The Directors Guild of America has come to an agreement with the Alliance of Motion Pictures & Television Producers that increases Internet residuals for the guild and grants a piece of Internet ad revenue
Credit: Jean Baptiste Lacroix/

The Directors Guild of America has come to a new three-year agreement with the Alliance of Motion Picture and Television Producers after six days of negotiation. In a statement released Thursday afternoon, the DGA announced that the new deal:

? Increases both wages and residual bases for each year of the contract.
? Establishes DGA jurisdiction over programs produced for distribution on the Internet.
? Establishes a new residuals formula for paid Internet downloads (electronic sell-through) that essentially doubles the rate currently paid by employers.
? Establishes residual rates for ad-supported streaming and use of clips on the Internet.

”Two words describe this agreement — groundbreaking and substantial,” Gil Cates, chair of the DGA’s Negotiations Committee, said in the statement. ”The gains in this contract for directors and their teams are extraordinary — and there are no rollbacks of any kind.”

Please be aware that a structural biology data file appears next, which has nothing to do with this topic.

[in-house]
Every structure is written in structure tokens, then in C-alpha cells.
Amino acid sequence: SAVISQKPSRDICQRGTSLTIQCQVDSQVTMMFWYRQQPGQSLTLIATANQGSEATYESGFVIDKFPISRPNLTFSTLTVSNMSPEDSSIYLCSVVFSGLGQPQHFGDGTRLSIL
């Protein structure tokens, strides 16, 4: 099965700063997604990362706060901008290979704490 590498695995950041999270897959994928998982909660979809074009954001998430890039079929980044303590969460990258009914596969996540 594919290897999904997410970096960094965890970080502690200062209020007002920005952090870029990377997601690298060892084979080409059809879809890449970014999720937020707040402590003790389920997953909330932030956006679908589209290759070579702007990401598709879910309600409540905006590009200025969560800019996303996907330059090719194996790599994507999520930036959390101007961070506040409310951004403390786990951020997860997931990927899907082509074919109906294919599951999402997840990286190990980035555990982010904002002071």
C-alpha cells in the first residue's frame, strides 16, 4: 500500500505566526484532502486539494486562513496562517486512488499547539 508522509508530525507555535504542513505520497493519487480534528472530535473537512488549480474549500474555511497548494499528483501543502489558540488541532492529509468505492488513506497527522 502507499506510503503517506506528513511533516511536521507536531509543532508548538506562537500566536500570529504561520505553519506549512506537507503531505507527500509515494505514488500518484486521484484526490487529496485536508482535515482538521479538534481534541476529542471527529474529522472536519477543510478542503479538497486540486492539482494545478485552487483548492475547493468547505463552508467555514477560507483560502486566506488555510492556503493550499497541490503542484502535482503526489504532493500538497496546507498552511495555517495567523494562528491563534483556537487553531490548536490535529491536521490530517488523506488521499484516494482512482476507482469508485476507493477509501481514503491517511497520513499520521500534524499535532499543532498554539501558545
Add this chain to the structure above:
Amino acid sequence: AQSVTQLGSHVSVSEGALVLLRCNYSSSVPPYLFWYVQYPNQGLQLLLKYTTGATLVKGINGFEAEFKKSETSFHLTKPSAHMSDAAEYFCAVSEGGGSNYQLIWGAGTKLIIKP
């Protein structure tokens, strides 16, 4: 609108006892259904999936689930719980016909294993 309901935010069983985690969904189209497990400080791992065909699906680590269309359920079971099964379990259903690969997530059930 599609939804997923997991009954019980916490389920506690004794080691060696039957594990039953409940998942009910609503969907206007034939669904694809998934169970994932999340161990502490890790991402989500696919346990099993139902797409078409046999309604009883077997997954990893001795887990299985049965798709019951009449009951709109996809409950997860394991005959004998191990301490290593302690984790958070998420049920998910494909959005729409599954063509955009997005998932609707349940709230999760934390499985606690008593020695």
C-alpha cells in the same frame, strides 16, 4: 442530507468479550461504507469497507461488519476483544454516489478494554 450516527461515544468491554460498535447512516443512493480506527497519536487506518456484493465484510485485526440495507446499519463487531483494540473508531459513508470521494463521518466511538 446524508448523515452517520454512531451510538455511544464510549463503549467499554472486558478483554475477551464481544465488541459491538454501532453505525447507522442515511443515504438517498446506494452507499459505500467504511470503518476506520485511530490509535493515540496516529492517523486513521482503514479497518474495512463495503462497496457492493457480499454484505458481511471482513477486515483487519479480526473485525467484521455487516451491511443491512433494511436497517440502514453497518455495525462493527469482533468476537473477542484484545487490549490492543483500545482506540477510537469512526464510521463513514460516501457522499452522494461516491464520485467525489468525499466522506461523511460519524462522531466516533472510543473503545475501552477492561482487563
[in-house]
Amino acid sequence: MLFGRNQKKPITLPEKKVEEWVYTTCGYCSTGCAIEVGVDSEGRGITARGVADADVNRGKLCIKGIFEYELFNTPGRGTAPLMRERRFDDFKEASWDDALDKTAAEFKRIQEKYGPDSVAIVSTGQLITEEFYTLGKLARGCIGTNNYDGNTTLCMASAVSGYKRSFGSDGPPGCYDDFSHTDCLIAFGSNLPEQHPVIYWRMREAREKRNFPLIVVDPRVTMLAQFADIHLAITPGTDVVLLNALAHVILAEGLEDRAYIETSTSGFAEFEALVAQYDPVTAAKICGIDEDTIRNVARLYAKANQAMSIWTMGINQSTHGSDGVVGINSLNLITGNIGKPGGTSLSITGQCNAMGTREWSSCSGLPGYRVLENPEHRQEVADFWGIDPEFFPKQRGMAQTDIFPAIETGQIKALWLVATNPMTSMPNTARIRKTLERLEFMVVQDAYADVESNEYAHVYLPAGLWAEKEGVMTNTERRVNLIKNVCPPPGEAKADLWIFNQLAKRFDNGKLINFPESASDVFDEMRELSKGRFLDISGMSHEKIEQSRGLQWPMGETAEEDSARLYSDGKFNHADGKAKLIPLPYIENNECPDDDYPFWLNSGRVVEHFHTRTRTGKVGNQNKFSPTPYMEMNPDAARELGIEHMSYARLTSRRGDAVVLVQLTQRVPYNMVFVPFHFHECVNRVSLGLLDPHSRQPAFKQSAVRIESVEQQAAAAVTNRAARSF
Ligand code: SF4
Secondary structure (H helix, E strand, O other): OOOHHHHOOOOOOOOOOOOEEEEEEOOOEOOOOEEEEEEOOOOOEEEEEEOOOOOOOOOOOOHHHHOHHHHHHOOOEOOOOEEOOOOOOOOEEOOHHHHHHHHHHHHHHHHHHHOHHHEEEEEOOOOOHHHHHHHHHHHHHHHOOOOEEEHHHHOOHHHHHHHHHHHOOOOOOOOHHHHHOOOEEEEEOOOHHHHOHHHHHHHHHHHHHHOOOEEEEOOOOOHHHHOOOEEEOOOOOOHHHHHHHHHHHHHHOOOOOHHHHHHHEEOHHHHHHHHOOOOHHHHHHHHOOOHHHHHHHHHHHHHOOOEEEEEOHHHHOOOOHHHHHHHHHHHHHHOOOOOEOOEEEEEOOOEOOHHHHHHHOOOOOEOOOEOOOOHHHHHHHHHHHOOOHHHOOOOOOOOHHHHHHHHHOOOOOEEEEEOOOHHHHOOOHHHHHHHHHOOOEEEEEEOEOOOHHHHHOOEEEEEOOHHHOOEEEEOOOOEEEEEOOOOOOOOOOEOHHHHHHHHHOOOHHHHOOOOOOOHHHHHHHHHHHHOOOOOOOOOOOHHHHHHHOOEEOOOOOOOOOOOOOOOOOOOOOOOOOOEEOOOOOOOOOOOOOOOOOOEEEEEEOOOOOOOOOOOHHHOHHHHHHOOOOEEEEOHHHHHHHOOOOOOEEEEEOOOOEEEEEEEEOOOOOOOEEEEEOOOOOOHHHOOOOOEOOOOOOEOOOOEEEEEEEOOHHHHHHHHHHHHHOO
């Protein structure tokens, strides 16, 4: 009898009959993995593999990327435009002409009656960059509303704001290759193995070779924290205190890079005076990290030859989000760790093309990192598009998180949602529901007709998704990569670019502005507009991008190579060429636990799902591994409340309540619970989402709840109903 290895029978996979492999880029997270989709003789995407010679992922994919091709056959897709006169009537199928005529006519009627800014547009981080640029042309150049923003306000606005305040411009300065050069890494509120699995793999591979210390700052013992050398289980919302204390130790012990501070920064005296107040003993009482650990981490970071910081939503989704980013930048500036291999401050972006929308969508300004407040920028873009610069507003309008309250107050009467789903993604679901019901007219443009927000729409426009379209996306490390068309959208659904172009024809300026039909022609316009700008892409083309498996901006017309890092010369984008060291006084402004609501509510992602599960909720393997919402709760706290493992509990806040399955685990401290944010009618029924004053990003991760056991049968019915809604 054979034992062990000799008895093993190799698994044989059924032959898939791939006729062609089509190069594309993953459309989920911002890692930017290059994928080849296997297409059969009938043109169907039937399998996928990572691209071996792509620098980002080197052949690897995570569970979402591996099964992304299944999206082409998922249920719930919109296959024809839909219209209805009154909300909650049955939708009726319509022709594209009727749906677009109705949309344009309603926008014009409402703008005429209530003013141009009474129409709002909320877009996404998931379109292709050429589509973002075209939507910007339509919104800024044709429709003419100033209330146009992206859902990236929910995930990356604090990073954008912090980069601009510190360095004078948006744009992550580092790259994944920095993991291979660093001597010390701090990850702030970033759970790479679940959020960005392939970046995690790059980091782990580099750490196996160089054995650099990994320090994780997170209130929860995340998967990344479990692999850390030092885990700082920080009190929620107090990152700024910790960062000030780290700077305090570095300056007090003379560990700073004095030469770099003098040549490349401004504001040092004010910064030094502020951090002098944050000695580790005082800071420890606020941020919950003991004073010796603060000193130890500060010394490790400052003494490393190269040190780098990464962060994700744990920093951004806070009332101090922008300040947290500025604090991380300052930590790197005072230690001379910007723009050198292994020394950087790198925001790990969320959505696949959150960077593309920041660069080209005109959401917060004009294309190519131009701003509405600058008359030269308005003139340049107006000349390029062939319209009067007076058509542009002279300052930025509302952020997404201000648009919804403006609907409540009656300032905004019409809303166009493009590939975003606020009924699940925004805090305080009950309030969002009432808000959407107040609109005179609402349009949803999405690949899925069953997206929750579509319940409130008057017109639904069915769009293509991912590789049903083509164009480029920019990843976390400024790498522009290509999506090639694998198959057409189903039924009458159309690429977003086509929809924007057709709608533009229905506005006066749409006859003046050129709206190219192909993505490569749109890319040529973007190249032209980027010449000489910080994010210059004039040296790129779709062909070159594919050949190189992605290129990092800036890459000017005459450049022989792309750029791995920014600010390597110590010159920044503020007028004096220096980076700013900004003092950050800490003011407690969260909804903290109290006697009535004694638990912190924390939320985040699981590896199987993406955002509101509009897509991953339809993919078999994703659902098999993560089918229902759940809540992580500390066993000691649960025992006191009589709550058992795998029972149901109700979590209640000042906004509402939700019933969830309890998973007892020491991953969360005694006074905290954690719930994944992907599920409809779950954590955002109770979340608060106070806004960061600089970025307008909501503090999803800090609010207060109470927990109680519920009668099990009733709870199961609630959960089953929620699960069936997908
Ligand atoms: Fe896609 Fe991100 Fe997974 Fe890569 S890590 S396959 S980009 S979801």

The AMPTP released a joint statement on the DGA deal that alluded to the ongoing WGA strike, stating, ”We hope that this agreement with DGA will signal the beginning of the end of this extremely difficult period for our industry. Today, we invite the Writers Guild of America to engage with us in a series of informal discussions similar to the productive process that led us to a deal with the DGA to determine whether there is a reasonable basis for returning to formal bargaining. We look forward to these discussions, and to the day when our entire industry gets back to work.”

For its part, the WGA released a statement saying, ”Now that the DGA has reached a tentative agreement with the AMPTP, the terms of the deal will be carefully analyzed and evaluated by the WGA…. We will work with the full membership of both Guilds to discuss our strategies for our own negotiations and contract goals and how they may be affected by such a deal.”

The WGA statement continued, ”For over a month, we have been urging the conglomerates to return to the table and bargain in good faith. They have chosen to negotiate with the DGA instead. Now that those negotiations are completed, the AMPTP must return to the process of bargaining with the WGA. We hope that the DGA’s tentative agreement will be a step forward in our effort to negotiate an agreement that is in the best interests of all writers.”